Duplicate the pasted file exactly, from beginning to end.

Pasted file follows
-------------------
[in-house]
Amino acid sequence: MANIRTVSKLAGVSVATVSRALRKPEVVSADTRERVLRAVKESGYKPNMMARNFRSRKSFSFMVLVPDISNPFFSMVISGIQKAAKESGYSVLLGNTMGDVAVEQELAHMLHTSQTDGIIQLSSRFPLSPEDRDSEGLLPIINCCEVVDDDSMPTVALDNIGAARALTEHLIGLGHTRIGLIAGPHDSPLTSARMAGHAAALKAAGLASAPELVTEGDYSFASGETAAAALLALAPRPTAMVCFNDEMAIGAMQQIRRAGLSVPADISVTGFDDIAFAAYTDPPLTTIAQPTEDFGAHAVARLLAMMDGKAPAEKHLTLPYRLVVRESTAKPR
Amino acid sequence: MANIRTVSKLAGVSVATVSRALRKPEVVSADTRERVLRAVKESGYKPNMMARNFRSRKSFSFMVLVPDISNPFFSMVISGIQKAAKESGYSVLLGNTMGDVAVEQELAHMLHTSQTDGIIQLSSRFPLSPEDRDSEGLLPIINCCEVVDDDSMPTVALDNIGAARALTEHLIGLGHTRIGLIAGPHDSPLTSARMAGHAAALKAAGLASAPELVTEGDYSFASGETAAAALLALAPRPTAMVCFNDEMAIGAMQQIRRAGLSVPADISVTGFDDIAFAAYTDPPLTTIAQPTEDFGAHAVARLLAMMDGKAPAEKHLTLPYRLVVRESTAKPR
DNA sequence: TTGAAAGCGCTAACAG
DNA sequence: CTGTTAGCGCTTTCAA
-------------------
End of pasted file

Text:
[in-house]
Amino acid sequence: MANIRTVSKLAGVSVATVSRALRKPEVVSADTRERVLRAVKESGYKPNMMARNFRSRKSFSFMVLVPDISNPFFSMVISGIQKAAKESGYSVLLGNTMGDVAVEQELAHMLHTSQTDGIIQLSSRFPLSPEDRDSEGLLPIINCCEVVDDDSMPTVALDNIGAARALTEHLIGLGHTRIGLIAGPHDSPLTSARMAGHAAALKAAGLASAPELVTEGDYSFASGETAAAALLALAPRPTAMVCFNDEMAIGAMQQIRRAGLSVPADISVTGFDDIAFAAYTDPPLTTIAQPTEDFGAHAVARLLAMMDGKAPAEKHLTLPYRLVVRESTAKPR
Amino acid sequence: MANIRTVSKLAGVSVATVSRALRKPEVVSADTRERVLRAVKESGYKPNMMARNFRSRKSFSFMVLVPDISNPFFSMVISGIQKAAKESGYSVLLGNTMGDVAVEQELAHMLHTSQTDGIIQLSSRFPLSPEDRDSEGLLPIINCCEVVDDDSMPTVALDNIGAARALTEHLIGLGHTRIGLIAGPHDSPLTSARMAGHAAALKAAGLASAPELVTEGDYSFASGETAAAALLALAPRPTAMVCFNDEMAIGAMQQIRRAGLSVPADISVTGFDDIAFAAYTDPPLTTIAQPTEDFGAHAVARLLAMMDGKAPAEKHLTLPYRLVVRESTAKPR
DNA sequence: TTGAAAGCGCTAACAG
DNA sequence: CTGTTAGCGCTTTCAA